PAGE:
Youngsters can have fun with arts and crafts while enhancing their motor skills and hand-eye coordination to prepare for kindergarten.
While so many pandemic educators turned to computer platforms, one early childhood specialist began thinking outside the digital box and developed learning experiences that fit inside a plastic box.
Jamie Gans, who grew up in Michigan and taught preschool classes in New York for 11 years, returned home to Franklin for isolation and came up with activities she packaged together according to different themes.
Marketing each container as a Busy Box 4 Kids, Gans planned experiences so youngsters could have fun with arts and crafts while enhancing their motor skills and hand-eye coordination to prepare for kindergarten.
Gans has used social media and direct contacts to sell some 200 boxes that span the themes of rainbows, winter and spring. Each box is personalized with the child’s name prominent on the outside.
“Every box has 10-15 skill-based activities,” said Gans, who has worked closely with youngsters ages 2-5. “They’re learning while doing but not necessarily knowing what they’re learning. I know what they’ve learned because I planned it all that way.”
Each activity comes in its own plastic bag with adult directions on what is to be done and an explanation of what is to be accomplished. Glue, tweezers and other necessities also are included, and some activities can be enjoyed repeatedly.
One activity, for example, has youngsters adhering colored stickers to the appropriate colors on a rainbow.
“I love all the different projects,” said Karen Kelman of West Bloomfield, who looks after a 3-year-old grandson and heard about the boxes from a friend. “Everything is super colorful and purposeful. I have seen the progression as he repeats the activities.”
Kelman is also impressed with the way her grandson is learning to be neat by putting the activities back into the right plastic bags.
Lacey Foon of Bloomfield Hills, the mom of 2-year-old twins Phoebe and Eloise, was researching activities when she came upon the boxes.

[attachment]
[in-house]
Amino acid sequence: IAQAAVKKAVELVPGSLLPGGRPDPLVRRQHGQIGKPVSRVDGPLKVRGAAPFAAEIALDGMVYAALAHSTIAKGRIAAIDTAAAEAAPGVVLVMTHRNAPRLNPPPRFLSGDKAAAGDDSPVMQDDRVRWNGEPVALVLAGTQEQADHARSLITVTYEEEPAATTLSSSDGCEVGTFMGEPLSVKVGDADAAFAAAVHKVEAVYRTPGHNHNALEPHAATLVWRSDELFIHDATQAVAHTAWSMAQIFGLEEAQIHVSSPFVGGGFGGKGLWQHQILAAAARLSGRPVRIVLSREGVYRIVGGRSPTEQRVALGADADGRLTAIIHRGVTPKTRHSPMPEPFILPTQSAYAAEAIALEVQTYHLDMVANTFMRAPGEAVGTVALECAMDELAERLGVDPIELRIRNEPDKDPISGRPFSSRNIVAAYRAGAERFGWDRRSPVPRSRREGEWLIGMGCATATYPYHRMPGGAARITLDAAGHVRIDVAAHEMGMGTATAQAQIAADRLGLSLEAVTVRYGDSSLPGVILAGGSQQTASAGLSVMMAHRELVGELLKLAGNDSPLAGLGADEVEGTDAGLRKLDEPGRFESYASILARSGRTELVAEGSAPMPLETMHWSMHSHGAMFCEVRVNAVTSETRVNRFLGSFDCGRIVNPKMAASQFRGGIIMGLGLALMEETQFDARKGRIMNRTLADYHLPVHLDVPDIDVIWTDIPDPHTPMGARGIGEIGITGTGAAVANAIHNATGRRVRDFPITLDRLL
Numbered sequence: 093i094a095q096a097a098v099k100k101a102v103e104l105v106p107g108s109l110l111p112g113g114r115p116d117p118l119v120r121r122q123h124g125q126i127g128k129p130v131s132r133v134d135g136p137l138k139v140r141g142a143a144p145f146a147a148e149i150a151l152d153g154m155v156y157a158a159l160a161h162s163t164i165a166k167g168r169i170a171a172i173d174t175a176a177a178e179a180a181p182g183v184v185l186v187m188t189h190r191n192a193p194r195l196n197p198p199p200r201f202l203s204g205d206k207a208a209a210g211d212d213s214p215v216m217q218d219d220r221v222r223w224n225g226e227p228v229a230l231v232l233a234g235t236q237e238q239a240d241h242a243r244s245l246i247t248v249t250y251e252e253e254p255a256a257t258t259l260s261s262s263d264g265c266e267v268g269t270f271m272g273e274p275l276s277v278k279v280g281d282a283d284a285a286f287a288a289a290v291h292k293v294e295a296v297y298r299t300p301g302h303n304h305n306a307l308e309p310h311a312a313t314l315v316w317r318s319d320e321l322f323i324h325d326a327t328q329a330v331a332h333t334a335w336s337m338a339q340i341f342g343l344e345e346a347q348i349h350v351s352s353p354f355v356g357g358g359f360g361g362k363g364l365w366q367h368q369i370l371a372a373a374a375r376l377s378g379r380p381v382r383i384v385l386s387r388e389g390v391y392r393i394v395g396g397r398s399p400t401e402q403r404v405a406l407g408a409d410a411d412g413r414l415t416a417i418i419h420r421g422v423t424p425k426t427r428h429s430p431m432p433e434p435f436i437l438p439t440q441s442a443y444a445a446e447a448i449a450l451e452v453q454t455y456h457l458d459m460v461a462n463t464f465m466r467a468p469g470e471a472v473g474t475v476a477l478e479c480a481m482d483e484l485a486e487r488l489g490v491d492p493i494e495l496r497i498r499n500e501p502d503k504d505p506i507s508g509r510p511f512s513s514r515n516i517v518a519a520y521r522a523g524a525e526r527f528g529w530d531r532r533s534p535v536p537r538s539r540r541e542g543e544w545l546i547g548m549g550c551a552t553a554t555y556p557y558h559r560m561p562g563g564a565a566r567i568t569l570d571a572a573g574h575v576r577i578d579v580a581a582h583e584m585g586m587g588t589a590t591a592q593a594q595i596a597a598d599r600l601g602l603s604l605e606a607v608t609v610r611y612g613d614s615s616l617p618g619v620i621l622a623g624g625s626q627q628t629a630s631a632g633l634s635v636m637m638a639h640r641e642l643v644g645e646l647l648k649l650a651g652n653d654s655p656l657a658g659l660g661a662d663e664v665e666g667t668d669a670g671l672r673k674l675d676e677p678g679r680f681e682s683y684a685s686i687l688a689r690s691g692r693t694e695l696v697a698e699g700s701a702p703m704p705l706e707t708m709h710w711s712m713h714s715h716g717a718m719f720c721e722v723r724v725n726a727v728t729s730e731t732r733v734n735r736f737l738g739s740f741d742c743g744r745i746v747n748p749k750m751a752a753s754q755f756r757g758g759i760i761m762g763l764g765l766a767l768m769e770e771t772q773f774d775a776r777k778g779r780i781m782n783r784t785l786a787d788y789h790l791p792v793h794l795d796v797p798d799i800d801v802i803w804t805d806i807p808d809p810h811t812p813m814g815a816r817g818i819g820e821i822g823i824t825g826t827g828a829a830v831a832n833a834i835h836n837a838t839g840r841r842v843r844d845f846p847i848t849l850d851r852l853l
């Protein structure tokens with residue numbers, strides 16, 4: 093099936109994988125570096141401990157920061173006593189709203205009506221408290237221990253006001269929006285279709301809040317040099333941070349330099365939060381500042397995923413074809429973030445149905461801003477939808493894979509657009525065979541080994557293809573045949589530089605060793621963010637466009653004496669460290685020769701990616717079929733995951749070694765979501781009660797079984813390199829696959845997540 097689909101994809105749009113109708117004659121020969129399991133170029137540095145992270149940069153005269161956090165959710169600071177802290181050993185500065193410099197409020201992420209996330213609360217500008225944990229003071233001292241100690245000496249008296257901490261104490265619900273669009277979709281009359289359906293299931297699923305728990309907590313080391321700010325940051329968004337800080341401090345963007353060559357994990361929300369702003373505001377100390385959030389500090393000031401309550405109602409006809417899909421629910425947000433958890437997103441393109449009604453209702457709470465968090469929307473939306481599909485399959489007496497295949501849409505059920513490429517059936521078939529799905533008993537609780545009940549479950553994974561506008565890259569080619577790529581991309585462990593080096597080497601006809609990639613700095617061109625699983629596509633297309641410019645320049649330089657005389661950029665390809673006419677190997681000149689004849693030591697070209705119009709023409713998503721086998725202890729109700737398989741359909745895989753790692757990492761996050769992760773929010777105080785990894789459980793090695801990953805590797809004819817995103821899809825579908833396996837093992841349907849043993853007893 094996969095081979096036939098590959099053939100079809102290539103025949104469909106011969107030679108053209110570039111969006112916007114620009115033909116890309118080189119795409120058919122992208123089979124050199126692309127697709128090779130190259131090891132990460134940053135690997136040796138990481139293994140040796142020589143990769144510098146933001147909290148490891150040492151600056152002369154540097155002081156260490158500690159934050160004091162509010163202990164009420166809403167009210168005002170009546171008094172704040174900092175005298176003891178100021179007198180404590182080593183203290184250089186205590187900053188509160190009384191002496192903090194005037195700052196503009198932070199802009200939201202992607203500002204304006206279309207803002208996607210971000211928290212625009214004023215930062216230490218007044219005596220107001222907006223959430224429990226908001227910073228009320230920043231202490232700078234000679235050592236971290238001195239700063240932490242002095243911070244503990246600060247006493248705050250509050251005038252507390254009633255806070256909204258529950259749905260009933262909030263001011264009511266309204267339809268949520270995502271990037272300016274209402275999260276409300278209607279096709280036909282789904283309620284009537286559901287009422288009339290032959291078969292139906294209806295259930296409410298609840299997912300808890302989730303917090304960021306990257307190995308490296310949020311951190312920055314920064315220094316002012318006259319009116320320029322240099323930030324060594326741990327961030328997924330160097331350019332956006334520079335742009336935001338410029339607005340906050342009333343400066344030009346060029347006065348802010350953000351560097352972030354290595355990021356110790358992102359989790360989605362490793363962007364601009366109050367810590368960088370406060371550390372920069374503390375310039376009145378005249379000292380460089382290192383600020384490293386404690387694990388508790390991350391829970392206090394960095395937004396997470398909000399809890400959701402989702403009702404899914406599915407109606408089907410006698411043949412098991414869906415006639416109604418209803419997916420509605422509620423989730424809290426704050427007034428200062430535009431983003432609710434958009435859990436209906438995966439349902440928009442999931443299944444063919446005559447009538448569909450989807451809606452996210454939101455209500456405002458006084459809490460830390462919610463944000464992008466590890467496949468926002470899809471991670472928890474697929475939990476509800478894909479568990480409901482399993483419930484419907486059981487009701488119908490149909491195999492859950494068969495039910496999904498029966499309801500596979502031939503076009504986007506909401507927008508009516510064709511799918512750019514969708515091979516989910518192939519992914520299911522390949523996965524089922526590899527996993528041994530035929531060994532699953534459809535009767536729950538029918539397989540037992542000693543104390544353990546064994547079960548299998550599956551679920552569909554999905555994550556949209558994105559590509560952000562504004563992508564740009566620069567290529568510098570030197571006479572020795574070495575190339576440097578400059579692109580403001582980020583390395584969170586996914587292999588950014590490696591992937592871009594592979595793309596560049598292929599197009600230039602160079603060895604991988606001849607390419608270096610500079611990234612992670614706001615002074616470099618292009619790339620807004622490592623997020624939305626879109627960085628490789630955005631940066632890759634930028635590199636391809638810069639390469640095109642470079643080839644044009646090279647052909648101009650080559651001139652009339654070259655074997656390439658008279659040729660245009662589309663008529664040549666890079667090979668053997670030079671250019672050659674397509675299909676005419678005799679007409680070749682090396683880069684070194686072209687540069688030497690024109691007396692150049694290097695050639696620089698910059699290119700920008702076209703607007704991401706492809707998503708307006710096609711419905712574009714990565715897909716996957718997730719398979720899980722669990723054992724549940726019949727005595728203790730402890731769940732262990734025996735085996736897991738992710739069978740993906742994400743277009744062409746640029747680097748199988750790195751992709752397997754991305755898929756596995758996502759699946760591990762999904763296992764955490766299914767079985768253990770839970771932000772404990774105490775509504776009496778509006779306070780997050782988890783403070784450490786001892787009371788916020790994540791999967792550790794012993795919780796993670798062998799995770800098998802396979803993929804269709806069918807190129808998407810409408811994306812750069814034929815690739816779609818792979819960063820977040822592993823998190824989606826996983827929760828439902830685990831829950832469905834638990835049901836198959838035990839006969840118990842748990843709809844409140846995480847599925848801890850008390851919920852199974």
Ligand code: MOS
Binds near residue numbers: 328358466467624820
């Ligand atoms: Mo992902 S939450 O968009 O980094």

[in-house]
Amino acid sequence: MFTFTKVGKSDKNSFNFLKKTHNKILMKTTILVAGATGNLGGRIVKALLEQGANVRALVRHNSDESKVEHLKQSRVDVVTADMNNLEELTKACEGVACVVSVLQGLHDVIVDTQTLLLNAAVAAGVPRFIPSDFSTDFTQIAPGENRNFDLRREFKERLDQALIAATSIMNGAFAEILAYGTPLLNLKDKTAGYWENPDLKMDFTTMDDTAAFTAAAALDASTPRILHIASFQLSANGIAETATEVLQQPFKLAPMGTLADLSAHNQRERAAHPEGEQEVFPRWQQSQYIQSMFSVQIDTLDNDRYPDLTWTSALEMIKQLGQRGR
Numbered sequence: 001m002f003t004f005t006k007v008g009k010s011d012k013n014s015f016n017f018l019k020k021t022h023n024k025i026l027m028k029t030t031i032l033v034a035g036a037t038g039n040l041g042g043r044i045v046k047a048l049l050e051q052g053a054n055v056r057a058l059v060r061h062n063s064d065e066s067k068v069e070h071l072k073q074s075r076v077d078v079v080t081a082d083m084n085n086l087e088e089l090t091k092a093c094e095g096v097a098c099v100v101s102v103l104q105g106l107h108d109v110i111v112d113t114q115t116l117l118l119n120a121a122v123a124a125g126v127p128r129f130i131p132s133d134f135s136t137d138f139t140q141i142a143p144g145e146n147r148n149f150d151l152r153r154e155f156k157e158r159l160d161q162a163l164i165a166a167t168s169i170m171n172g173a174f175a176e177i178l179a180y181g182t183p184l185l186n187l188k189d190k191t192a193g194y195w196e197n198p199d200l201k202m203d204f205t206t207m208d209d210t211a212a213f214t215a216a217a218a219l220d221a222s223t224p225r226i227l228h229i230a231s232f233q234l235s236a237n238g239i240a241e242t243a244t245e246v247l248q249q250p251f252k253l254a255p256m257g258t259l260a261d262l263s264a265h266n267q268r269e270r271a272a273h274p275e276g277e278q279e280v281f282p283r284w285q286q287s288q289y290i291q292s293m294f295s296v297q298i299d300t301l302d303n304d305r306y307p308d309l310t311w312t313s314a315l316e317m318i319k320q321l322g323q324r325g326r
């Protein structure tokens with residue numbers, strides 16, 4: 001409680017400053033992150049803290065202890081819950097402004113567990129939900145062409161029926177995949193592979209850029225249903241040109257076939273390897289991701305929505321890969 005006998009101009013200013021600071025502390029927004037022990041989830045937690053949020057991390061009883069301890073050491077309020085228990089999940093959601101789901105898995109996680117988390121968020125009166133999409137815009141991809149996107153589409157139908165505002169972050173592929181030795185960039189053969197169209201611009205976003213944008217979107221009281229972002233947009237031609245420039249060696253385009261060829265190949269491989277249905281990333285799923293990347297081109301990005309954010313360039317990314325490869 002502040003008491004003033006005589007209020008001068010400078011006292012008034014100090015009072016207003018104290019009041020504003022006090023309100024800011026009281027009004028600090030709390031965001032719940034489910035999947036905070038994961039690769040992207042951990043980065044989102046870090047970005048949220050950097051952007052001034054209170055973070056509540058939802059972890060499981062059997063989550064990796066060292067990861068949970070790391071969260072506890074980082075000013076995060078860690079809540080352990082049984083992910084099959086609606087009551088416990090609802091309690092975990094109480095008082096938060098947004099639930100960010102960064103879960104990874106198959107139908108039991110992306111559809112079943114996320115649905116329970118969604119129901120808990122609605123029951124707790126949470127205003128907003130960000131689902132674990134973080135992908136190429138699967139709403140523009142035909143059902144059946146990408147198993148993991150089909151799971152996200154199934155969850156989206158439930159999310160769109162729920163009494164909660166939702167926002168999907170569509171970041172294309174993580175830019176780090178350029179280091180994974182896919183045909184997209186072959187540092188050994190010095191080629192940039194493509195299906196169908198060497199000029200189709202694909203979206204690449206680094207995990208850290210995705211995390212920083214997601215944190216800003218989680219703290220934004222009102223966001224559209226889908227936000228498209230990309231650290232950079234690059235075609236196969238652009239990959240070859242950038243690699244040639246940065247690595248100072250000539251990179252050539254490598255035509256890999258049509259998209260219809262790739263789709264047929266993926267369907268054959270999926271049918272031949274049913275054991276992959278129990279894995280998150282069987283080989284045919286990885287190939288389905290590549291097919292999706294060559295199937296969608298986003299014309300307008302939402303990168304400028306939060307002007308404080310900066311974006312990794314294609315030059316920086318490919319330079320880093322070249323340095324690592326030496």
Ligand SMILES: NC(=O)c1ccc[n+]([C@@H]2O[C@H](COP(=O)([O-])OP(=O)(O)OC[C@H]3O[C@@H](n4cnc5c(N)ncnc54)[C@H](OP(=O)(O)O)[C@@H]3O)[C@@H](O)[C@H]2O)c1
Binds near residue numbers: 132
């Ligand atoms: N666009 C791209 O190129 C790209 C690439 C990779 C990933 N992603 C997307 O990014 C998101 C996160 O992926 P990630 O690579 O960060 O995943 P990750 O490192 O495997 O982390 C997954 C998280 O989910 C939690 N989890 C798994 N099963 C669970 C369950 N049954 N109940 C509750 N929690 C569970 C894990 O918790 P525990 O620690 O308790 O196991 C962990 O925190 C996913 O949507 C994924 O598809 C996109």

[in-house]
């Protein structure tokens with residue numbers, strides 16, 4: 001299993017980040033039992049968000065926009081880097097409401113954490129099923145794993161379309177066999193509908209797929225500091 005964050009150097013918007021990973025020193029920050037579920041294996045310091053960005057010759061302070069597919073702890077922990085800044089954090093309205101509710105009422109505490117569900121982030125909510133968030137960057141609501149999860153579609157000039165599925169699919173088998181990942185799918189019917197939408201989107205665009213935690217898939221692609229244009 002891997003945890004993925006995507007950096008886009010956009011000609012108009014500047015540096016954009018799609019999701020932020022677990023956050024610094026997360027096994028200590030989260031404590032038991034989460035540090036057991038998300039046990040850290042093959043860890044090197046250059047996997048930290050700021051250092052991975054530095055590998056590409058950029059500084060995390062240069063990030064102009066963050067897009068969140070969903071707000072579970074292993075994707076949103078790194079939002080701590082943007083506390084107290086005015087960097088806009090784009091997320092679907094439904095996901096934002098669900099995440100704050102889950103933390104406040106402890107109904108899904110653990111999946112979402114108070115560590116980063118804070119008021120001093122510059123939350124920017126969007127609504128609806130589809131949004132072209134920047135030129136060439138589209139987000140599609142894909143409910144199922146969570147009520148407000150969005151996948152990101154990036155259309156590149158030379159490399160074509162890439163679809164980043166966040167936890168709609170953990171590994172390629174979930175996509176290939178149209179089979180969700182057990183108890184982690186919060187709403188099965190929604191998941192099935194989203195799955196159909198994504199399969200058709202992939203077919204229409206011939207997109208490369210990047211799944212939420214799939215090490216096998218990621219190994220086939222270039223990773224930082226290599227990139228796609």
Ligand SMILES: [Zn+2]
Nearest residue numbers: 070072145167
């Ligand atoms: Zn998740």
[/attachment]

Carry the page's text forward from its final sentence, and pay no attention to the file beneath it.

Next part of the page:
“The girls love the arts and crafts,” said Foon, who realized that what was being learned through the boxed activities was being applied to other developmental growth. “They liked doing the activities together, and they learned off of each other.”
Morgan Kaufman of Birmingham has bought all of the boxes for 2-year-old Sophie. Mom and daughter became acquainted with Gans through a home-based preschool group of four that Gans was teaching during the pandemic.
“These boxes have been fun ways for me to interact and engage with my daughter,” Kaufman said. “I enjoy watching her accomplishments and the way she is learning to organize.”
Gans, 33, who graduated from Andover High School and attended services at Temple Beth El, spent summers at Camp Walden, first as a camper and later as a counselor, extending her interest in youngsters.
At the University of Wisconsin in Madison, Gans majored in child development and had field experiences in schools and day care centers. After graduation, she moved to New York, where she could be with college friends.
While maintaining work as a synagogue teacher, she earned a master’s degree that spanned early childhood learning, both for general studies and special education, from Bank Street College of Education.
“In early childhood, you find out if a child is struggling or has a developmental need,” said Gans, who will be remaining in Michigan as educational director at the new Lamplighters Preschool, opening this fall in Royal Oak with Chabad sponsorship.
“In early childhood, brains have the most plasticity, and that’s when you can see the most change. I’m a huge advocate for students with special needs, and I have worked with therapists in order to best support special needs students in my classrooms.”
Gans, whose resume includes positions at many New York preschools, including Shaaray Tefila Nursery School and the Acorn School, counts some of her most impressive experiences at the My Little School (Chabad of Tribeca) located in lower Manhattan.
“Most of the families were actually Reform or Conservative, and it was a warm and accepting community dedicated to families and children,” Gans said. “That is the community we are looking for in the Royal Oak preschool.”
More information on continuing and upcoming boxes are available on the Gans website, busybox4kids.com. The next box will have the theme of animals, and she intends to design boxes for specific Jewish holidays.